Women at the centre of Westminster sexual harassment scandal say parties are not doing enough to end abuse

Leaked plans to bolster complaints procedures and toughen up discipline in Parliament have been met with disappointment by campaigners

Lizzy Buchan
Political Correspondent
Saturday 13 January 2018 11:11 GMT
Tory activist Kate Maltby accused Damian Green of inappropriate behaviour
Tory activist Kate Maltby accused Damian Green of inappropriate behaviour

Women at the centre of the sexual harassment scandal in Westminster have raised concerns that political parties will not do enough to rid Parliament of abuse.

Tory activist Kate Maltby, who accused former Cabinet minister Damian Green of inappropriate behaviour, Ava Etemadzadeh, a Labour supporter who made allegations against MP Kelvin Hopkins, and former special adviser Bridget Harris, one of Lib Dem peer Lord Rennard's accusers, warned that efforts to tackle endemic abuse and harassment were unlikely to succeed.

Leaked plans to bolster the complaints procedures and toughen up discipline were met with disappointment by campaigners, who said the proposals were "too vague" and left too much power with the party whips.

A cross-party working group has been looking into the issue after claims of sexual harassment rocked Westminster, leading to the suspensions of a string of MPs.

Ms Maltby's complaint that Mr Green had made inappropriate advance towards her triggered a Whitehall probe, which eventually resulted in his resignation as First Secretary of State, where he was effectively Theresa May's deputy.

He denied making sexual advances towards her but the Cabinet Office inquiry found her to be a "plausible" witness, although it could not reach firm conclusions.

“I don’t have faith that the working group will be given the power or the support to change anything," Ms Maltby told The Guardian.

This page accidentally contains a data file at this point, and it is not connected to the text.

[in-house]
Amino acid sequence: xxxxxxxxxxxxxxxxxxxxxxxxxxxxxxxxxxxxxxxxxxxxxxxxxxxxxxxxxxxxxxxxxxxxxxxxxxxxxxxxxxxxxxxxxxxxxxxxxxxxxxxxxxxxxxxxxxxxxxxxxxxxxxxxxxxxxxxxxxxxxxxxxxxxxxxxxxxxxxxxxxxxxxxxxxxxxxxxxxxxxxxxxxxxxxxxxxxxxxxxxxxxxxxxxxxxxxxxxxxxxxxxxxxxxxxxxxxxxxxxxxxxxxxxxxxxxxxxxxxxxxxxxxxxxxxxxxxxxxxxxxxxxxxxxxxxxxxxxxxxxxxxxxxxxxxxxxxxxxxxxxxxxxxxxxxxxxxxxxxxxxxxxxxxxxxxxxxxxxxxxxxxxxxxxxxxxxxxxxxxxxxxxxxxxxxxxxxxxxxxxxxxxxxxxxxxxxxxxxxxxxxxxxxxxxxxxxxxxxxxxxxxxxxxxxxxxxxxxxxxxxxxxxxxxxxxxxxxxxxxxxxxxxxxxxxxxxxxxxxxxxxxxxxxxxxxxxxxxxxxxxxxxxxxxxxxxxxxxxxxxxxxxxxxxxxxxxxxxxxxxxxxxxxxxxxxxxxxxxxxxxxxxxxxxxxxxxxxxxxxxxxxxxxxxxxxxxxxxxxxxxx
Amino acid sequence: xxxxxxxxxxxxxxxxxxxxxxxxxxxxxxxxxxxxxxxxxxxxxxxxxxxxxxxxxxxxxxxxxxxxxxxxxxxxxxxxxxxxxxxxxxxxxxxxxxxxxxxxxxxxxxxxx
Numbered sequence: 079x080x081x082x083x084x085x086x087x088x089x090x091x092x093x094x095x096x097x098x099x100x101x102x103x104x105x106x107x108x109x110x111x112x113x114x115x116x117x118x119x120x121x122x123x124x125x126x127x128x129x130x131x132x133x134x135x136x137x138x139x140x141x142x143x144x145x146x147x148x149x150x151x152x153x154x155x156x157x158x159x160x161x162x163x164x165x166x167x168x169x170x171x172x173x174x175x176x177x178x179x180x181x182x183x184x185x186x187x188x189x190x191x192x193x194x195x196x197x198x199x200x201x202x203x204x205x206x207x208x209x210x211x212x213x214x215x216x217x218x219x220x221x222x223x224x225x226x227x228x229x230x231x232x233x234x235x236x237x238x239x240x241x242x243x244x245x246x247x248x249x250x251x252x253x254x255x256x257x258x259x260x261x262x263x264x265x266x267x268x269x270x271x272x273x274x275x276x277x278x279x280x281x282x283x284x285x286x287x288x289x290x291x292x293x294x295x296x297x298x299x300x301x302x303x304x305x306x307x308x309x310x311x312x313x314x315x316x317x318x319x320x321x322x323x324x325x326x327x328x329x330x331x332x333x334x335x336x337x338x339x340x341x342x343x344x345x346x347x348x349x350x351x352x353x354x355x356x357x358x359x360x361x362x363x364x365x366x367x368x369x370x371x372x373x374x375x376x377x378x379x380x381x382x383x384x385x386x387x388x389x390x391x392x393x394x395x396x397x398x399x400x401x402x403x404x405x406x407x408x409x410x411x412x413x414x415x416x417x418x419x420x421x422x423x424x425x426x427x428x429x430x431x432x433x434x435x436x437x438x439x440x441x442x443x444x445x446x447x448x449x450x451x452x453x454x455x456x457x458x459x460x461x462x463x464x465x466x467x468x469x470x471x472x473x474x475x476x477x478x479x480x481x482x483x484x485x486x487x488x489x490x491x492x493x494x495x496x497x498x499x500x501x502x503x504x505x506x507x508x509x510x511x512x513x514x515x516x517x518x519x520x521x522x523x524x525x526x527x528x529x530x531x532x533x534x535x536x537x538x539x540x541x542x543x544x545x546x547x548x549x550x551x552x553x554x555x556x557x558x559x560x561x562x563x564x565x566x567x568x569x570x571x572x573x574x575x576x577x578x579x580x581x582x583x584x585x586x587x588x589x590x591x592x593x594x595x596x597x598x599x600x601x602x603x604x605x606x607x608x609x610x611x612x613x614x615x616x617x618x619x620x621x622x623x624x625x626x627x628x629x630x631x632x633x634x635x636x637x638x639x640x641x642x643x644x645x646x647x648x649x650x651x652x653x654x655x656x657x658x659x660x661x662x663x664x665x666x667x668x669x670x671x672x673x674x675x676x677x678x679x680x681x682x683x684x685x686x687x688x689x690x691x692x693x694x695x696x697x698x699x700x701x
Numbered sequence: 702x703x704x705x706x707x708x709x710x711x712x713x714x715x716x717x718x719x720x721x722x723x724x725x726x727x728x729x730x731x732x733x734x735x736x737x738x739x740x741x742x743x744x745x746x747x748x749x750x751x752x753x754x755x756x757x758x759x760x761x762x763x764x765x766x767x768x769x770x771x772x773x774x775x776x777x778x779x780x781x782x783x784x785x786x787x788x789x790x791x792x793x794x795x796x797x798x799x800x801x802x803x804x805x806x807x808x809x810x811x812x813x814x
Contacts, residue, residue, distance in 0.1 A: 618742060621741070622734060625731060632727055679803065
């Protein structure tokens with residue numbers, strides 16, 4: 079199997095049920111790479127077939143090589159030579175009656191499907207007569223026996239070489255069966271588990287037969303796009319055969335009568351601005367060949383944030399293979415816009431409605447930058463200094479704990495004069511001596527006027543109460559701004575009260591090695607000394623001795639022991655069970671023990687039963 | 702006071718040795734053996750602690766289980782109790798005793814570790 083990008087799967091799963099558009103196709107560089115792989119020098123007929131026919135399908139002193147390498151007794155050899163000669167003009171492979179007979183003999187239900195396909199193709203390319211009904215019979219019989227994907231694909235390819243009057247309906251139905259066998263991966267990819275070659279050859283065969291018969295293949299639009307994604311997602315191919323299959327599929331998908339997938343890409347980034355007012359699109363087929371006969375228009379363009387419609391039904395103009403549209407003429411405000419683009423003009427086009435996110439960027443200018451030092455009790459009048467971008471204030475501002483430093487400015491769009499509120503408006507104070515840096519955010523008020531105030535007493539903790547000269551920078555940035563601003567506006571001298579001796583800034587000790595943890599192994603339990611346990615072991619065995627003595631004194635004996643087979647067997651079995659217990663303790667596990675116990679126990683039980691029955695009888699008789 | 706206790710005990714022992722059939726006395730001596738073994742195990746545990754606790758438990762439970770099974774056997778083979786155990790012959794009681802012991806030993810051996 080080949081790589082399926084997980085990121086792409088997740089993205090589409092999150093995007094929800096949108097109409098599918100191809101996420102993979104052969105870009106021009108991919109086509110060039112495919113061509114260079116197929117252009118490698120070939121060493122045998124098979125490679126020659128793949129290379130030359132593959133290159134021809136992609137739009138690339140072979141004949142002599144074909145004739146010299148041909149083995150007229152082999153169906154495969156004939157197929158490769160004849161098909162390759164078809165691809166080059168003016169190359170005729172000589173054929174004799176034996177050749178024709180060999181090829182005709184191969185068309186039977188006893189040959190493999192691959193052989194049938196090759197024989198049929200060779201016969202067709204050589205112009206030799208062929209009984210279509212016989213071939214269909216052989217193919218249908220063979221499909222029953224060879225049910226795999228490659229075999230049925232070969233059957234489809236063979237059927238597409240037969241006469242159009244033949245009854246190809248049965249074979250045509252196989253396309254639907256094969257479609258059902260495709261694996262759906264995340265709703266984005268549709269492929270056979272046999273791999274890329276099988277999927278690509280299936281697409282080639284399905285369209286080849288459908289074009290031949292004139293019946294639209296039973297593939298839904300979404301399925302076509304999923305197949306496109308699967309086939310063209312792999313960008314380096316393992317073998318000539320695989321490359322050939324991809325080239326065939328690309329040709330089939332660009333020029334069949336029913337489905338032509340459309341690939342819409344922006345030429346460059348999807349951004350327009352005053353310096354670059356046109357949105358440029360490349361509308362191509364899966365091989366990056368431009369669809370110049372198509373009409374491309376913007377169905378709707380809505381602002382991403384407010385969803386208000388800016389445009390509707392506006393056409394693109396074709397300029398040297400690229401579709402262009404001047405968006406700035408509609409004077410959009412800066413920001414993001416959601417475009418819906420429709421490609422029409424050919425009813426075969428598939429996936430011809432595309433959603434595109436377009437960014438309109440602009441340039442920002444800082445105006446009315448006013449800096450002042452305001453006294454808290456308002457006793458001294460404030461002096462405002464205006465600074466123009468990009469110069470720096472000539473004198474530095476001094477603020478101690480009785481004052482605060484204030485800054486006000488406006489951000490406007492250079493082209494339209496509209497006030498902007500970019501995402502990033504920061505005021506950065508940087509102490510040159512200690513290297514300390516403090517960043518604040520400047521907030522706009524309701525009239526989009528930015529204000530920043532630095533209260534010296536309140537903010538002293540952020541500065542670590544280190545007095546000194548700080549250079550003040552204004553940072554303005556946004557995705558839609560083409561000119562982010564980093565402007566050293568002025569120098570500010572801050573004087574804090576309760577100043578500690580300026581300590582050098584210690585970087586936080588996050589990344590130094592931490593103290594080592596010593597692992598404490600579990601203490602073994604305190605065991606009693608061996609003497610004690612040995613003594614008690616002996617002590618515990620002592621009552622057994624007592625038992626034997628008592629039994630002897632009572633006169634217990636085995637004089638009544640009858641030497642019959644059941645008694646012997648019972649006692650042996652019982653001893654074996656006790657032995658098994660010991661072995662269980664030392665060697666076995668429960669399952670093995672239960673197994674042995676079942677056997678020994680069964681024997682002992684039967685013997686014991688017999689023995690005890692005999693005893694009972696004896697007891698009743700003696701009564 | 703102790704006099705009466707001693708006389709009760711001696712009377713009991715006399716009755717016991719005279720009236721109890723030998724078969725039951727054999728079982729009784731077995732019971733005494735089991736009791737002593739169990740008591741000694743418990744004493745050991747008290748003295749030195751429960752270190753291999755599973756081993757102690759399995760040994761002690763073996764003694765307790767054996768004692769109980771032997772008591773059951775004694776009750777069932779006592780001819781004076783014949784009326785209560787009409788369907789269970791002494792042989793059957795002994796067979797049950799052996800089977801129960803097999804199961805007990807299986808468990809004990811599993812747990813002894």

Several other women contacted her for advice after her case hit the headlines, but Ms Maltby said she felt powerless to help.

She said: “What’s really scary and something I feel guilty about is that I don’t have an answer for them. I’m just a woman who made a complaint."

Ms Maltby said she had lost faith in the Prime Minister “as a woman and a leader", adding: "I need a lot more evidence that she is going to support the people in the party who do want to make a change."

Her concerns were echoed by Labour activist Ms Etemadzadeh, who accused the Luton North MP of sexual harassment and sending inappropriate text messages.

Labour MP Kerry McCarthy also made a complaint about the conduct of the MP, who is currently under investigation by the party.

Ms Etemadzadeh said: “I felt powerless and isolated when I saw nothing was done initially, and now I feel the party is trying to whitewash the case and only acting because it doesn't want to get a bad reputation."

She described Labour's procedures as “opaque” and claimed she was kept up to date on her case by the media, rather than by the party.

She added: “I don’t really trust political parties to deal with these cases.”

Ms Harris, a former aide to Nick Clegg, was among several women to accuse the peer Lord Rennard of inappropriate behaviour in 2013. He denied any wrongdoing.

She said: “After the very public case we went through in 2013 when we put the Lib Dems through the wringer and they were exposed as having no policies, you would have thought the other parties would have been on red alert for this.

“But there was no learning from it.”

Labour has appointed independent organisation Rape Crisis to support people affected by sexual harassment. A spokesman said disciplinary action would be “taken in line with the party’s rule book and procedures”.

A Conservative Party spokesman said the party had introduced a new code of conduct and any complaints would be investigated in confidence.

A spokesman for the Liberal Democrats said complaints were taken “very seriously" and efforts had been made in recent years to improve complaint procedures.

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